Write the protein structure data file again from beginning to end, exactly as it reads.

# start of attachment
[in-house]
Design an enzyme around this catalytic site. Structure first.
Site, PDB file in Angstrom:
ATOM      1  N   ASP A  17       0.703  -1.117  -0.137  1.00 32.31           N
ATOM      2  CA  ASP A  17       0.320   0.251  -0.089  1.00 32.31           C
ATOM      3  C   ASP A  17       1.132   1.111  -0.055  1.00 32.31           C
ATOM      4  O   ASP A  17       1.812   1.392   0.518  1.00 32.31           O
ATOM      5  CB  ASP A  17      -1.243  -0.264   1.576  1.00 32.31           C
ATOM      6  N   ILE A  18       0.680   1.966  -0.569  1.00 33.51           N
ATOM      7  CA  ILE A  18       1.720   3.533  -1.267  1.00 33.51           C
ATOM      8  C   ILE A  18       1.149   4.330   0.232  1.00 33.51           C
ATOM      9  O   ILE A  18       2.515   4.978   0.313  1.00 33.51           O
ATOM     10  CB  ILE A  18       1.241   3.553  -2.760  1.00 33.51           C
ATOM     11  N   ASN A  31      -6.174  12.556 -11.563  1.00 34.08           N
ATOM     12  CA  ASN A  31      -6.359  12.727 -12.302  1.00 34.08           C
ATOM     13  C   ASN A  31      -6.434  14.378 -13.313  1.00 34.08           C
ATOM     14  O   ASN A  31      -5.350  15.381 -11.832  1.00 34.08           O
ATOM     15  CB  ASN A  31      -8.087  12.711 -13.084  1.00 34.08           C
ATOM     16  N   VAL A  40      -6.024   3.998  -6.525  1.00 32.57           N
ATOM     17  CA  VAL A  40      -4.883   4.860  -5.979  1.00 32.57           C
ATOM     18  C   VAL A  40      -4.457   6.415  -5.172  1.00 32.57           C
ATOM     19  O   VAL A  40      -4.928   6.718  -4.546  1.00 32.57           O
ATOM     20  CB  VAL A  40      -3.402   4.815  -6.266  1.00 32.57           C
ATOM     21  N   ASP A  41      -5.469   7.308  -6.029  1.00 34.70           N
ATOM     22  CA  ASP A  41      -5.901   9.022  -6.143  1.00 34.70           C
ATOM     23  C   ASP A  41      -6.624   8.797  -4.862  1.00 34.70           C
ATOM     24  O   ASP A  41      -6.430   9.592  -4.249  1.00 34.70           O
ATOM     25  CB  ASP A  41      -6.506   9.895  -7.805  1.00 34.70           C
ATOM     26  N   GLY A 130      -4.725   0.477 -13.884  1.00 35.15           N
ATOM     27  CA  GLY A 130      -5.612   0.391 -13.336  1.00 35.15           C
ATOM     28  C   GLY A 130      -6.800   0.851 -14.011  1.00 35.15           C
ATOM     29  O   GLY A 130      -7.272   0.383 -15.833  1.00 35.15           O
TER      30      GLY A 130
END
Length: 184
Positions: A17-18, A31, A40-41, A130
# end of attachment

[in-house]
Design an enzyme around this catalytic site. Structure first.
Site, PDB file in Angstrom:
ATOM      1  N   ASP A  17       0.703  -1.117  -0.137  1.00 32.31           N
ATOM      2  CA  ASP A  17       0.320   0.251  -0.089  1.00 32.31           C
ATOM      3  C   ASP A  17       1.132   1.111  -0.055  1.00 32.31           C
ATOM      4  O   ASP A  17       1.812   1.392   0.518  1.00 32.31           O
ATOM      5  CB  ASP A  17      -1.243  -0.264   1.576  1.00 32.31           C
ATOM      6  N   ILE A  18       0.680   1.966  -0.569  1.00 33.51           N
ATOM      7  CA  ILE A  18       1.720   3.533  -1.267  1.00 33.51           C
ATOM      8  C   ILE A  18       1.149   4.330   0.232  1.00 33.51           C
ATOM      9  O   ILE A  18       2.515   4.978   0.313  1.00 33.51           O
ATOM     10  CB  ILE A  18       1.241   3.553  -2.760  1.00 33.51           C
ATOM     11  N   ASN A  31      -6.174  12.556 -11.563  1.00 34.08           N
ATOM     12  CA  ASN A  31      -6.359  12.727 -12.302  1.00 34.08           C
ATOM     13  C   ASN A  31      -6.434  14.378 -13.313  1.00 34.08           C
ATOM     14  O   ASN A  31      -5.350  15.381 -11.832  1.00 34.08           O
ATOM     15  CB  ASN A  31      -8.087  12.711 -13.084  1.00 34.08           C
ATOM     16  N   VAL A  40      -6.024   3.998  -6.525  1.00 32.57           N
ATOM     17  CA  VAL A  40      -4.883   4.860  -5.979  1.00 32.57           C
ATOM     18  C   VAL A  40      -4.457   6.415  -5.172  1.00 32.57           C
ATOM     19  O   VAL A  40      -4.928   6.718  -4.546  1.00 32.57           O
ATOM     20  CB  VAL A  40      -3.402   4.815  -6.266  1.00 32.57           C
ATOM     21  N   ASP A  41      -5.469   7.308  -6.029  1.00 34.70           N
ATOM     22  CA  ASP A  41      -5.901   9.022  -6.143  1.00 34.70           C
ATOM     23  C   ASP A  41      -6.624   8.797  -4.862  1.00 34.70           C
ATOM     24  O   ASP A  41      -6.430   9.592  -4.249  1.00 34.70           O
ATOM     25  CB  ASP A  41      -6.506   9.895  -7.805  1.00 34.70           C
ATOM     26  N   GLY A 130      -4.725   0.477 -13.884  1.00 35.15           N
ATOM     27  CA  GLY A 130      -5.612   0.391 -13.336  1.00 35.15           C
ATOM     28  C   GLY A 130      -6.800   0.851 -14.011  1.00 35.15           C
ATOM     29  O   GLY A 130      -7.272   0.383 -15.833  1.00 35.15           O
TER      30      GLY A 130
END
Length: 184
Positions: A17-18, A31, A40-41, A130